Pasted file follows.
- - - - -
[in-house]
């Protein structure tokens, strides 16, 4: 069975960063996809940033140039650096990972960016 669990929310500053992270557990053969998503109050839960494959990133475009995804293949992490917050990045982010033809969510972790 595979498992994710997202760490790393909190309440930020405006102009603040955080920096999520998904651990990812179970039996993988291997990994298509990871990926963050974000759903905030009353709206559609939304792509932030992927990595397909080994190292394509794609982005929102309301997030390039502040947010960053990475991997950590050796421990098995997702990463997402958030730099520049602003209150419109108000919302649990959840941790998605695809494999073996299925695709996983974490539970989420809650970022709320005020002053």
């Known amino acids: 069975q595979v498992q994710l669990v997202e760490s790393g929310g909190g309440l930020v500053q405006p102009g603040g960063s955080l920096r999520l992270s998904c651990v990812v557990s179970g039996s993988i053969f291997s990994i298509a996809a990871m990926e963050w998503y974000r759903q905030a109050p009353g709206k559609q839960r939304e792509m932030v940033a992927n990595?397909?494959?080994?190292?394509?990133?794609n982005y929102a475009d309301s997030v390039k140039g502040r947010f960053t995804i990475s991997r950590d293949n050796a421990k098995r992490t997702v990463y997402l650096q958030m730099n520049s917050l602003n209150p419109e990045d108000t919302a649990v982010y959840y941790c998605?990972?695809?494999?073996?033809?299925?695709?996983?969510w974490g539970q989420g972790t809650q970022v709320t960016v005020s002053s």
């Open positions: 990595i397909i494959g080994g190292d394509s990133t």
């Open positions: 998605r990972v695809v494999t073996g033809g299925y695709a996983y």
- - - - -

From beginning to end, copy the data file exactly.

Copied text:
[in-house]
């Protein structure tokens, strides 16, 4: 069975960063996809940033140039650096990972960016 669990929310500053992270557990053969998503109050839960494959990133475009995804293949992490917050990045982010033809969510972790 595979498992994710997202760490790393909190309440930020405006102009603040955080920096999520998904651990990812179970039996993988291997990994298509990871990926963050974000759903905030009353709206559609939304792509932030992927990595397909080994190292394509794609982005929102309301997030390039502040947010960053990475991997950590050796421990098995997702990463997402958030730099520049602003209150419109108000919302649990959840941790998605695809494999073996299925695709996983974490539970989420809650970022709320005020002053």
């Known amino acids: 069975q595979v498992q994710l669990v997202e760490s790393g929310g909190g309440l930020v500053q405006p102009g603040g960063s955080l920096r999520l992270s998904c651990v990812v557990s179970g039996s993988i053969f291997s990994i298509a996809a990871m990926e963050w998503y974000r759903q905030a109050p009353g709206k559609q839960r939304e792509m932030v940033a992927n990595?397909?494959?080994?190292?394509?990133?794609n982005y929102a475009d309301s997030v390039k140039g502040r947010f960053t995804i990475s991997r950590d293949n050796a421990k098995r992490t997702v990463y997402l650096q958030m730099n520049s917050l602003n209150p419109e990045d108000t919302a649990v982010y959840y941790c998605?990972?695809?494999?073996?033809?299925?695709?996983?969510w974490g539970q989420g972790t809650q970022v709320t960016v005020s002053s």
């Open positions: 990595i397909i494959g080994g190292d394509s990133t």
């Open positions: 998605r990972v695809v494999t073996g033809g299925y695709a996983y």